Fortifications for a wooden castle were built in the 1130s, but the present stone castle dates from the 1150s. Henry II’s massive great tower, built between 1159 and 1169, and the medieval castle walls dominate the Scarborough headland. Within the line of the castle wall are the remains of a 13th century royal residence and at the seaward tip of the headland are the combined ruins of a Roman signal station and medieval chapel.
The castle is reputedly haunted by the headless apparition of Piers Gaveston. In life, Gaveson was a close friend of King Edward II, but was regarded as arrogant and boastful, and highly unpopular amongst fellow noblemen. He was beheaded in June 1312, but it is said to return here to lure unwitting visitors over the battlements to certain death.
Pictured left is the castle keep courtesy of Stephen Montgomery.
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For further information, please read Haunted Castles of Britain and Ireland by Richard Jones, Haunted Britain by Antony D. Hippisley Coxe and Britain's Haunted Heritage by J A Brooks.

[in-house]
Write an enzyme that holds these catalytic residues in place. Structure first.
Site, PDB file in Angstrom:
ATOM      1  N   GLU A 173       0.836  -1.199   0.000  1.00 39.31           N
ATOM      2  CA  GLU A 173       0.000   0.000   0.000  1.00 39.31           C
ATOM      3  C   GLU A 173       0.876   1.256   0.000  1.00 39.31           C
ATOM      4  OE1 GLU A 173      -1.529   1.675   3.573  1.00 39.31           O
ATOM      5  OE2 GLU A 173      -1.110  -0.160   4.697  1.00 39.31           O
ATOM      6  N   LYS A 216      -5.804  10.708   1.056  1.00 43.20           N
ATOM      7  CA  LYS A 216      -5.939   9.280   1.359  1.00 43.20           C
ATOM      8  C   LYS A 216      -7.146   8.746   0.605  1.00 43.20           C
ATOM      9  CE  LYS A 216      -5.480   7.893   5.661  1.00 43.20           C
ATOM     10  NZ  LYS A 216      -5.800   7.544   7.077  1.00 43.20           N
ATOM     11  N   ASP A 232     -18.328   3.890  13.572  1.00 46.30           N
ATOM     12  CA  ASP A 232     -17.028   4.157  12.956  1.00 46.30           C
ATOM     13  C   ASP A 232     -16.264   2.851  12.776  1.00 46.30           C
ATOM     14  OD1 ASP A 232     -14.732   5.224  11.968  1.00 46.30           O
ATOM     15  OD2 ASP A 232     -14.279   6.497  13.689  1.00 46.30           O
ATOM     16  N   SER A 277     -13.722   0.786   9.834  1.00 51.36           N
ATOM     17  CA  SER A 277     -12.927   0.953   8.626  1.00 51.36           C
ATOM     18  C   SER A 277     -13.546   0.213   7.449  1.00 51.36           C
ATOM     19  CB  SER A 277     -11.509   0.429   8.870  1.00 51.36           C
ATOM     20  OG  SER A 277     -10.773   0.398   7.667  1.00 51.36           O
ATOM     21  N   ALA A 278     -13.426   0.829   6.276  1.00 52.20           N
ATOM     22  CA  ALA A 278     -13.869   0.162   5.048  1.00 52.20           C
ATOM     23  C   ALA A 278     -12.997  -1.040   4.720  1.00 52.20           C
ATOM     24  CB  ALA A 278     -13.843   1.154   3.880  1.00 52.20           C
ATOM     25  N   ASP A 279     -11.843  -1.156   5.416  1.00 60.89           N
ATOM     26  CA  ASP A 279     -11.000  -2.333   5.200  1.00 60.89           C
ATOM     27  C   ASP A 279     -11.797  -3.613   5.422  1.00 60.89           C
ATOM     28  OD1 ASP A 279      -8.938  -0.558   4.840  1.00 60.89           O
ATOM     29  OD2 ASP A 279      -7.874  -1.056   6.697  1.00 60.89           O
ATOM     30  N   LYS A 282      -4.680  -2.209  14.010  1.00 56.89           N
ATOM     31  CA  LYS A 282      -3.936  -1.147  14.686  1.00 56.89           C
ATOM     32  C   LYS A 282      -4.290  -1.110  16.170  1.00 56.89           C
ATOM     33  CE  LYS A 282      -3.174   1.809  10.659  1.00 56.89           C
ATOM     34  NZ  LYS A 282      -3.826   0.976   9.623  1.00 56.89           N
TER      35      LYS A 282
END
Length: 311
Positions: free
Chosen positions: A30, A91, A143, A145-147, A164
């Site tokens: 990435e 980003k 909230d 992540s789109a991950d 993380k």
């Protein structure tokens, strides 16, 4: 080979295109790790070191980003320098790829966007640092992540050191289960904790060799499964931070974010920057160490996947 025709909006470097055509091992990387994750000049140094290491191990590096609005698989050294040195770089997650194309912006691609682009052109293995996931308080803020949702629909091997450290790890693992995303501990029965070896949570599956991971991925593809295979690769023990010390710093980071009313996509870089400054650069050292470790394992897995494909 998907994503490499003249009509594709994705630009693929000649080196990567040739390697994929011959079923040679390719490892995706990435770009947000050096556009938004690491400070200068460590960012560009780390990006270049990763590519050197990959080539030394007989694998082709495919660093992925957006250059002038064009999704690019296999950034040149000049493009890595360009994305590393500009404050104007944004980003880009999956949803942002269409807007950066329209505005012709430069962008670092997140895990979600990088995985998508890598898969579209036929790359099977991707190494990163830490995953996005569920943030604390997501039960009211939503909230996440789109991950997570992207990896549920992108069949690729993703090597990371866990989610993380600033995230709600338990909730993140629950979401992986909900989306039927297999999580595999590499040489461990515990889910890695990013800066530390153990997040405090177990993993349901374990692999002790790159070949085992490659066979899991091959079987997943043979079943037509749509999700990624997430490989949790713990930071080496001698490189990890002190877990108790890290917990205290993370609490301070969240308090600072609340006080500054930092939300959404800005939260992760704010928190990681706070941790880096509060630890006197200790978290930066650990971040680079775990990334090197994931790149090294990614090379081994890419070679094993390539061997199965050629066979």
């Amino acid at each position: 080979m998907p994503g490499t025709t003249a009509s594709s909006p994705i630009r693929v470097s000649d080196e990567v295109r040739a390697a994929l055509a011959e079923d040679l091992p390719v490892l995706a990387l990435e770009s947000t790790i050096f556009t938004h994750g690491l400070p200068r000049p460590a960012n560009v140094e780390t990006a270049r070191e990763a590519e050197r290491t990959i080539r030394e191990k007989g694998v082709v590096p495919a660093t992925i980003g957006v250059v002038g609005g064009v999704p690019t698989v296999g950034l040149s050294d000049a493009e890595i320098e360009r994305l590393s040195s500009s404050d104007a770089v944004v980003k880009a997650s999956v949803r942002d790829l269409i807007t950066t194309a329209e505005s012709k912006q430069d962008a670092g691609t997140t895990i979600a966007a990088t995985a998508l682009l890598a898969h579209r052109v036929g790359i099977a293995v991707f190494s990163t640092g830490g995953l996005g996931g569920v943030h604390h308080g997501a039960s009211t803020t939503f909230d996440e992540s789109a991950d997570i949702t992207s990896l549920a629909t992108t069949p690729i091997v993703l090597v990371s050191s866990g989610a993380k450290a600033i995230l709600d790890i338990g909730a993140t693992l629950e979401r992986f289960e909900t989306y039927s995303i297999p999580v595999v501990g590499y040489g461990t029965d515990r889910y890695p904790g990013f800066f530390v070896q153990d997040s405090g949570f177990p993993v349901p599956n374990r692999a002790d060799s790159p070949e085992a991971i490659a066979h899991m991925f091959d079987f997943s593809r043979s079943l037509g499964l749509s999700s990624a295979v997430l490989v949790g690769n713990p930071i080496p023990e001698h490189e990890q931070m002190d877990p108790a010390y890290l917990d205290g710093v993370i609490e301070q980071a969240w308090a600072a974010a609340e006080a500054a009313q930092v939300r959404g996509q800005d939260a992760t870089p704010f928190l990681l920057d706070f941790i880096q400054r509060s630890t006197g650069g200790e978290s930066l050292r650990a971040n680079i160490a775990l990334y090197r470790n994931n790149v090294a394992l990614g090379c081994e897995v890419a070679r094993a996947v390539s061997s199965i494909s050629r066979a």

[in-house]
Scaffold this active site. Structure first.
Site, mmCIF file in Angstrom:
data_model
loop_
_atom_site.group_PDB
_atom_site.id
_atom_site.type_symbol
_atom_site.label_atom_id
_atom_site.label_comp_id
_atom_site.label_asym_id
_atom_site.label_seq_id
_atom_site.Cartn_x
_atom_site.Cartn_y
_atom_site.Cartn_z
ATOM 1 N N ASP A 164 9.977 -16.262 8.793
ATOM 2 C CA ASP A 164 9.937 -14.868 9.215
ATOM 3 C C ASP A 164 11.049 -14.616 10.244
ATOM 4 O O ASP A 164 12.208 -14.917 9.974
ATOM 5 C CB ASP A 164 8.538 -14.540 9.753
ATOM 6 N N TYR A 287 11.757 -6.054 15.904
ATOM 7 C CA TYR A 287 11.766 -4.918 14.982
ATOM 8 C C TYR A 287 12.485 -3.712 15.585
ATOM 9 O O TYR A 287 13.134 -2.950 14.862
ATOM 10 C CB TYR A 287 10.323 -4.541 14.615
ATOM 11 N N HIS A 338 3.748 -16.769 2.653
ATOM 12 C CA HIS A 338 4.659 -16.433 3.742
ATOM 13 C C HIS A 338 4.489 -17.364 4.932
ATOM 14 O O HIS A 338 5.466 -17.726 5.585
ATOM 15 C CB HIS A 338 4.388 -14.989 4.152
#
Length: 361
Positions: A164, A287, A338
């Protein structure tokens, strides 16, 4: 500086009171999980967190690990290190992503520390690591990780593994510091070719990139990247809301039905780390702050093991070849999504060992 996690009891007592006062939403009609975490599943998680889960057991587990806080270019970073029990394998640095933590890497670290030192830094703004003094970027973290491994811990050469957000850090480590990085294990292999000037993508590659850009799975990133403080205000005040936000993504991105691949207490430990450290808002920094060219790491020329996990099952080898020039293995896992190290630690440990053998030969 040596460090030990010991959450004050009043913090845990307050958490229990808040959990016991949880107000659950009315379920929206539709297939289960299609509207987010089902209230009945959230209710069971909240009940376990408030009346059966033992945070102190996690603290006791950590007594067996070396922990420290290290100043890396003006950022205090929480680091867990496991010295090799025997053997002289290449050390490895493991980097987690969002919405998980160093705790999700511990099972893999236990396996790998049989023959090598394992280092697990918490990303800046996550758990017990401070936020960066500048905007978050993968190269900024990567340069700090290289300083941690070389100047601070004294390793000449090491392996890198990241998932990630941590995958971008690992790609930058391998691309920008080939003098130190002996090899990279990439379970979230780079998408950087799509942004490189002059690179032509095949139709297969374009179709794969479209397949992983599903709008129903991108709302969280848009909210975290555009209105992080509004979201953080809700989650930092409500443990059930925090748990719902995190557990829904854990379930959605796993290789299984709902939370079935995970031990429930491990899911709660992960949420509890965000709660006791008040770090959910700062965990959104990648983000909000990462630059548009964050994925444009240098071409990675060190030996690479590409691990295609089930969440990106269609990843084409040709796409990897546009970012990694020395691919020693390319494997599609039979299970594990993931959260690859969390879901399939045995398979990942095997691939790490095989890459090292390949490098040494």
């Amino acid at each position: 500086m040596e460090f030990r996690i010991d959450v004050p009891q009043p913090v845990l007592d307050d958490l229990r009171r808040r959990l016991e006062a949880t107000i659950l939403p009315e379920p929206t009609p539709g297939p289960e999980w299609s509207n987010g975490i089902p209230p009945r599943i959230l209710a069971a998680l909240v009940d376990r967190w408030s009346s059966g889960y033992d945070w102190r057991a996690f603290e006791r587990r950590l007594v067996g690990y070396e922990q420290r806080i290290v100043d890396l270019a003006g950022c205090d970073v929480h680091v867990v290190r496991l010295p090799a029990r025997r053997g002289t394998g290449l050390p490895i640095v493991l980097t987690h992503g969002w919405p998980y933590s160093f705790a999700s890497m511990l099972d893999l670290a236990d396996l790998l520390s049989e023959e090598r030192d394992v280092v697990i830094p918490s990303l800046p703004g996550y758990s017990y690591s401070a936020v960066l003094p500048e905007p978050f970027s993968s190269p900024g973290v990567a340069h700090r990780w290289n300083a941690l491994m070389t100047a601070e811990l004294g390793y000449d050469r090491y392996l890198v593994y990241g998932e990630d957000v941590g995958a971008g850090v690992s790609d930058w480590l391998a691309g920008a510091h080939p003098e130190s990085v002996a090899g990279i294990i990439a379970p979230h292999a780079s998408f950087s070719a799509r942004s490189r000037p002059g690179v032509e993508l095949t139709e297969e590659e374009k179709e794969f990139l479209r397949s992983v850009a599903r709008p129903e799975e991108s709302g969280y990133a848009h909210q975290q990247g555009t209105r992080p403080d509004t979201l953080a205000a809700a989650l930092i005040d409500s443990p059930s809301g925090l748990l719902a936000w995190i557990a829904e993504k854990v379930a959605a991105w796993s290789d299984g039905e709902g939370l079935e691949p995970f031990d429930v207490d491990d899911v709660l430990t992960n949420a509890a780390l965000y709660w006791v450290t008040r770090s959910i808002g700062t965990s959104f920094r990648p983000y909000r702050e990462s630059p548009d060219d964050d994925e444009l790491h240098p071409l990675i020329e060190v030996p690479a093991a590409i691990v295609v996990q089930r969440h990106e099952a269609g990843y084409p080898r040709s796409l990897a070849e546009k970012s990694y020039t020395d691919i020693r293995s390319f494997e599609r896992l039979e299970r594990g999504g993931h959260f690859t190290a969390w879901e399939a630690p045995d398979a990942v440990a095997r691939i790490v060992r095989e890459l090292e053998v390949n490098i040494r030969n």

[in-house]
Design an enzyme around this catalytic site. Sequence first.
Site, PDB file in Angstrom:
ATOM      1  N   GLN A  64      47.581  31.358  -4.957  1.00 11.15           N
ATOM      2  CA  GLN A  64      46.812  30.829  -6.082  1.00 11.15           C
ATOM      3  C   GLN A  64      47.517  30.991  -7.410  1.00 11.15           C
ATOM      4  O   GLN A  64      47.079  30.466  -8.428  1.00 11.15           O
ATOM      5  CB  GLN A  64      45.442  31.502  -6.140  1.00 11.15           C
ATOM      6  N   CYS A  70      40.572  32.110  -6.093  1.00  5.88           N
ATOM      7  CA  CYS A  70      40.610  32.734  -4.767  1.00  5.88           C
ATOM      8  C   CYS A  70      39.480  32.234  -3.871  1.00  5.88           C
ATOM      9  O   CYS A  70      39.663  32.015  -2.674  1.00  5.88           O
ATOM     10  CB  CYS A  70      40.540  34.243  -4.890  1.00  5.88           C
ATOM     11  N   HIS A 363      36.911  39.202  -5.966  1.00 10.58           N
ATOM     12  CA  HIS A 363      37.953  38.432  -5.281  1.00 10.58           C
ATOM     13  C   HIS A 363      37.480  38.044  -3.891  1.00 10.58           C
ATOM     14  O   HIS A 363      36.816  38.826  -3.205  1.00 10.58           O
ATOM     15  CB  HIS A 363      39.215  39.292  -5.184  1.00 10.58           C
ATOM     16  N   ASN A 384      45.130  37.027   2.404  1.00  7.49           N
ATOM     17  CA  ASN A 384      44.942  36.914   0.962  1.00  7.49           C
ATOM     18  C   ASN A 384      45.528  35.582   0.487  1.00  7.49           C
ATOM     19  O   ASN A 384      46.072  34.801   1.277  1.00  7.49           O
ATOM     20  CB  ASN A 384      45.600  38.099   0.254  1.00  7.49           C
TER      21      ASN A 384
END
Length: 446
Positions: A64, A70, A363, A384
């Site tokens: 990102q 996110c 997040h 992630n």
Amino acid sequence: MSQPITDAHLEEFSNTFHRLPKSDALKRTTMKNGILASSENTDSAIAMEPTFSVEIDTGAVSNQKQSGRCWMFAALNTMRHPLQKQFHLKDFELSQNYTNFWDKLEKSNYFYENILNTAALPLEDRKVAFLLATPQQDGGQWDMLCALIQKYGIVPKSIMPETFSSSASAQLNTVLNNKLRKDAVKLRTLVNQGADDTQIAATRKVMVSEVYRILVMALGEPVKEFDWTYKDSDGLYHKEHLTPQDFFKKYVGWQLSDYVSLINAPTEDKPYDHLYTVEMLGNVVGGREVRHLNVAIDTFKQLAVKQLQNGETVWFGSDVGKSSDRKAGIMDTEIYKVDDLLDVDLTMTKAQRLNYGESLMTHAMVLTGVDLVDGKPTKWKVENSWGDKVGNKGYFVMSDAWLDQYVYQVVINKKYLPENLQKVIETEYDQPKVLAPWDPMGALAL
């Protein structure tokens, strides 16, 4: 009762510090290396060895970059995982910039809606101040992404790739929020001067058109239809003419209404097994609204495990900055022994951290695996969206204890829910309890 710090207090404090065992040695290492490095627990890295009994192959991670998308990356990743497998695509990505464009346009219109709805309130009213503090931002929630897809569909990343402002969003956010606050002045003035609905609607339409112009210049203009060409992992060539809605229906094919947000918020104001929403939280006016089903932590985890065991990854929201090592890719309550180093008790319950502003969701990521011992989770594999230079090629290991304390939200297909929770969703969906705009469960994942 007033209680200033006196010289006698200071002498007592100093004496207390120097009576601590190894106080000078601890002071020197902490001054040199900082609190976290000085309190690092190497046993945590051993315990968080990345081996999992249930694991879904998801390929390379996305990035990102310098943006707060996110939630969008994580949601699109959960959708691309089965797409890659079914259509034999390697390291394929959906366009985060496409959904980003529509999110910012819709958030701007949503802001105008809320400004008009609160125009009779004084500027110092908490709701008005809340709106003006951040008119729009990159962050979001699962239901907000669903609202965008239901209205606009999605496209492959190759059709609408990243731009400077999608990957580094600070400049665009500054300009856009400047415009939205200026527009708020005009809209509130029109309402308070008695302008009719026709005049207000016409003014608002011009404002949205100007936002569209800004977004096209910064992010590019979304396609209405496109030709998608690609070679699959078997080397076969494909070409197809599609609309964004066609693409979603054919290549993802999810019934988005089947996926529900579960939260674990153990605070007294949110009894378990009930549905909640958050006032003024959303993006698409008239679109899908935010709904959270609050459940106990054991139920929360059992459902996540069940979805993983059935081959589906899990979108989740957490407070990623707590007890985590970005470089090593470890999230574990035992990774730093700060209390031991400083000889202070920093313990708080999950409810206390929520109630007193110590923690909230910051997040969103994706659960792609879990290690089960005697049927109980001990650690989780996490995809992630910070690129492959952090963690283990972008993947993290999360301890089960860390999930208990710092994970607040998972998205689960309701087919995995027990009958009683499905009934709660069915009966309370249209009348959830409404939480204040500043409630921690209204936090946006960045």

Brooks makes mention of two apparitions that frequent the town, although no definite locations are provided. The first is a woman dressed in pink, believed to be Lydia Bell who was murdered in 1804.
The second ghost has haunted the town since Norman times, and is that of a black horse who appears out of a "violent thunderstorm".
For further information, please read Britain's Haunted Heritage by J A Brooks.